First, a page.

Malwarebytes is reporting an increase in malvertising coming from popular adult websites. The attack is taking advantage of the ExoClick ad network to push ads to sites. It adds to the evidence from other security companies that ad networks are failing to validate and regulate the ads they are serving up. Once reported to ExoClick by Malwarebytes, the company reports the ads concerned were taken down.
In the Malwarebytes press release it says: “Malicious actors are using pop-under ads (adverts that load in a new browser window under the current active page) to surreptitiously redirect users to the RIG exploit kit.” It goes on to say: “The ultimate payloads we collected during this time period were all the Ramnit information stealer (banking, FTP credentials, etc.) which despite a takedown in 2015 has rebounded and is quite active again.”
How does it work?
Pop-up ads appear over the top of the browser window. The user sees them and is aware that they exist. Pop-under ads are launched behind the main window and are meant to be hard for the user to detect. Once launched the ad redirects the user to a traffic distribution site that loads adult portals/offers via ExoClick. Malwarebytes reports that this is benign and carries no payload.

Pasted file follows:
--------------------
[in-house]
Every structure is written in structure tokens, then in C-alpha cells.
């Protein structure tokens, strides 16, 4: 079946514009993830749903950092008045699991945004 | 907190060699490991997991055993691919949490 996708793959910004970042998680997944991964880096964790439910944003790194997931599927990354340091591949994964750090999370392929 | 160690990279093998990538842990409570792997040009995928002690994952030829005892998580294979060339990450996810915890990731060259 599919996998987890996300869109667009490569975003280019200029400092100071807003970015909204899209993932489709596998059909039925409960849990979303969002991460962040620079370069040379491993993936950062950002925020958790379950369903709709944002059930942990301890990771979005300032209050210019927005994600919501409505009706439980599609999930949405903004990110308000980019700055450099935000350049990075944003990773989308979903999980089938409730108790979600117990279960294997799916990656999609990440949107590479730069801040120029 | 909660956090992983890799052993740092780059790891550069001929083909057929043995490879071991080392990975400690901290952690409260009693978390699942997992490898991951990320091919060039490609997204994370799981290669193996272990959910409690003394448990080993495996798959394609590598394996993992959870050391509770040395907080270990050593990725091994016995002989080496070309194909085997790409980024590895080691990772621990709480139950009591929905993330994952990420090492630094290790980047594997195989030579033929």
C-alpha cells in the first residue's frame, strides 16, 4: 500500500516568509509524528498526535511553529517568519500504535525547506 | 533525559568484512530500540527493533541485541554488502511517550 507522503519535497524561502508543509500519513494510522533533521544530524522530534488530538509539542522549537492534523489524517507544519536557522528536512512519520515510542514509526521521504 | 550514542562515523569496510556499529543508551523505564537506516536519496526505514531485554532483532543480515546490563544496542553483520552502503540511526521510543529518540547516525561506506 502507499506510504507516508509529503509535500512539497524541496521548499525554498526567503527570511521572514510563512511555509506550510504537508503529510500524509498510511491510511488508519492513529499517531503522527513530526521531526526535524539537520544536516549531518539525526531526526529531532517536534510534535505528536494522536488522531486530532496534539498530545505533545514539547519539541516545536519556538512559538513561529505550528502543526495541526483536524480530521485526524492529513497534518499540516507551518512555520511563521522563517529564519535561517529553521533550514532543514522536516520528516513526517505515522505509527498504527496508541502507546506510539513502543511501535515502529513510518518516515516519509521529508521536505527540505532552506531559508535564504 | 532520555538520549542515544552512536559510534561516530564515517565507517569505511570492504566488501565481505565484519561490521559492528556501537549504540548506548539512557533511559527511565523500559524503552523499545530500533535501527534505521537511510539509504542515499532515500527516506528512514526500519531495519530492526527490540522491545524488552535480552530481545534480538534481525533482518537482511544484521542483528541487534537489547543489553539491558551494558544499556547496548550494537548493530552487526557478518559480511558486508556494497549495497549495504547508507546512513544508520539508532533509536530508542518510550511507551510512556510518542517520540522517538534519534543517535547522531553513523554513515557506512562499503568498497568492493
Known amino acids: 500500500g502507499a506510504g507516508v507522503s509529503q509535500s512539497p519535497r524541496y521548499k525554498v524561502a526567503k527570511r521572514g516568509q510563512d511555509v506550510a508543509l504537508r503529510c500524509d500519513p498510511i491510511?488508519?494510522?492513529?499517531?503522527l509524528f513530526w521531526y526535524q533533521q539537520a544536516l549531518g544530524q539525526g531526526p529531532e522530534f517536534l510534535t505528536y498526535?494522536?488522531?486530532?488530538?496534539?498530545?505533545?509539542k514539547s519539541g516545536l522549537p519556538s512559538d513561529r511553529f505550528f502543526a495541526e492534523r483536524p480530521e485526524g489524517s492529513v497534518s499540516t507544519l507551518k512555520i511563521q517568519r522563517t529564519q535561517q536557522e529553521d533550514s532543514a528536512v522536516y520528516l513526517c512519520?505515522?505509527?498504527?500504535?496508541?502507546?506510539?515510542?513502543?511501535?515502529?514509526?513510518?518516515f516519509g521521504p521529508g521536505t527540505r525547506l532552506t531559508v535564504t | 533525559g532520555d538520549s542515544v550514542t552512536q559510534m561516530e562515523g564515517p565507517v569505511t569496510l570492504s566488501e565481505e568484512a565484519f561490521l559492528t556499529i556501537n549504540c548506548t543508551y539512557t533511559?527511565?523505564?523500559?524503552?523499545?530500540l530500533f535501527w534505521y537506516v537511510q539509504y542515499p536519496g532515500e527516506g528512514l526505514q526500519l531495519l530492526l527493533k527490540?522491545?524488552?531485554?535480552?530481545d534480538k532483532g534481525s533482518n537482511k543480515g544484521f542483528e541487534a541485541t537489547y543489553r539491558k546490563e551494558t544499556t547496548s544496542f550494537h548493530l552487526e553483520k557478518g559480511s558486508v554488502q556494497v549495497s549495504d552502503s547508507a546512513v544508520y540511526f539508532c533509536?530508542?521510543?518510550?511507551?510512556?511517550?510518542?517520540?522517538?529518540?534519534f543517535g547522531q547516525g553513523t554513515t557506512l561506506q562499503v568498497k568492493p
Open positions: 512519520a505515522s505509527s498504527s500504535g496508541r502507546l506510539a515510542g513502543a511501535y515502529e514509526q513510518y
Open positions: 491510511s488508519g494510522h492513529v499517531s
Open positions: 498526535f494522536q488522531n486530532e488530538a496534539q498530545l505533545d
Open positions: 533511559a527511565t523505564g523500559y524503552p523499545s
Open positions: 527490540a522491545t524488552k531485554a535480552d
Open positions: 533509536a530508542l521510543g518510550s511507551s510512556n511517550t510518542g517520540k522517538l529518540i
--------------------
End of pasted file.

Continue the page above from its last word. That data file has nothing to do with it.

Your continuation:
The next stage does the damage. It starts by loading a redirect page and then carries out a geolocation fingerprinting of the end-user device. If the user is in Canada or the UK it then attempts to load the RIG exploit kit. Users in other areas were redirected to a bogus offer rather than have the RIG EK loaded onto their machine.
Malwarebytes has listed the RIG EK domains and the IP addresses uses in this attack. They can quiakly be added to router tables by IT teams.
Malvertising is becoming an increasing threat to both users and organisations. Companies are happy to allow Ad Networks to serve them adverts because it allows them to earn revenue from their sites. What they do not do is their validation of the content and what the ads are doing. While this attack went after adult websites it would have been easy for the attackers to target other types of sites.
There is always a question as to why ExoClick failed to spot this attack. Given the constant malvertising campaigns over the last five years it should have its own processes to deal with this. We have emailed the ExoClick PR team for a statement and will add it when they respond.